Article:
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Tender Is the Night

haute bourgeoisie, The Composition of ‘Tender Is the Night’

a novel by F. Scott Fitzgerald, published in 1934 and, in a revised version by Malcolm Cowley, in 1948. Set, predominantly, on the French Riviera during the 1920s, the novel is both a social history of American expatriate life in France after the First World War and a study of the decline of an individual, Dick Diver, a gifted psychiatrist, whose marriage to the wealthy Nicole Warren (who is brought to him for treatment after an incestuous relationship with her father) precipitates his degeneration. Fitzgerald said of the novel that he wanted to ‘show a man who is a natural idealist…giving in for various causes to the ideas of the haute bourgeoisie, and in his rise to the top of the social world losing his idealism, his talent, and turning to drink and dissipation’, though some critics have argued that Diver's ‘fall’ is insufficiently motivated and explained.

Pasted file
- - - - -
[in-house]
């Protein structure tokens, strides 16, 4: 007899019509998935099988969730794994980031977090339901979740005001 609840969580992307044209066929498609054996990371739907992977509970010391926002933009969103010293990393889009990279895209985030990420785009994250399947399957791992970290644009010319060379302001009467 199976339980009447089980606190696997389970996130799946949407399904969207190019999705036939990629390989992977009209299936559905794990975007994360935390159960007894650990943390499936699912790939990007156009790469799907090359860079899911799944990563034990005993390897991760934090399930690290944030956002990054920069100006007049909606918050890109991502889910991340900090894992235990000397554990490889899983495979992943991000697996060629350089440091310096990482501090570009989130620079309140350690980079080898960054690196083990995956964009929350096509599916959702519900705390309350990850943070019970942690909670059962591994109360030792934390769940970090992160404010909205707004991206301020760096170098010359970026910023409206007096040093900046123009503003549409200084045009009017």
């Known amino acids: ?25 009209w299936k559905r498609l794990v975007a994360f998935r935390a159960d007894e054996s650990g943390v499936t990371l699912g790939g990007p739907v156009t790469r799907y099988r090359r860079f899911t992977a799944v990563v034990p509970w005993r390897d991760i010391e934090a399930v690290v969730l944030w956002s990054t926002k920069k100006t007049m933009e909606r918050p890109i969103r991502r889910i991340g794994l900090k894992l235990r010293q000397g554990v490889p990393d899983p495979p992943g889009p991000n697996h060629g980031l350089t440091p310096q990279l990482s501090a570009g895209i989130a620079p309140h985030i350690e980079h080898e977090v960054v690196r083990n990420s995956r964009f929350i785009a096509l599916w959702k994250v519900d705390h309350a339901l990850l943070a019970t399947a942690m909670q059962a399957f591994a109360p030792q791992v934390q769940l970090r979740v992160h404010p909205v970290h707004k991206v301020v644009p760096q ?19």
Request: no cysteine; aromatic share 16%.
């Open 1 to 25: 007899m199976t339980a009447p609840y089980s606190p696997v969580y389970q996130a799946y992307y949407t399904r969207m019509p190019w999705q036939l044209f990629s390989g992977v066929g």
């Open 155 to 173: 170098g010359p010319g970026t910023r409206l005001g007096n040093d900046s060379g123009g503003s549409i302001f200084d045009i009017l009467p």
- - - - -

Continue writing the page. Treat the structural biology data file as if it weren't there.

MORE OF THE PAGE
The novel took some eight years to write, but Fitzgerald seems to have been dissatisfied with it. His notebooks indicate revisions to the text, primarily structural, that he might have effected and it was in the light of Fitzgerald's suggestions that the critic Malcolm Cowley edited the revised edition of 1948. Where Fitzgerald's original text utilized a fragmented, achronological construction (for example, in the beginning, the life of the Divers on the Riviera is seen through the eyes of Rosemary Hoyt, a young actress with whom Dick has an affair), the revised edition assembles the story in a chronological sequence of events; critical opinion tends to favour the original edition. See The Composition of ‘Tender Is the Night’ (1963) by Matthew J. Bruccoli, and ‘Tender Is the Night’: A Critical Guide (1986) by Kathleen Parkinson.

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Literature Reference: American Literature, English Literature, Classics & Modern FictionEncyclopedia of Literature: Sir Rabindranath Tagore Biography to James Thomson Biography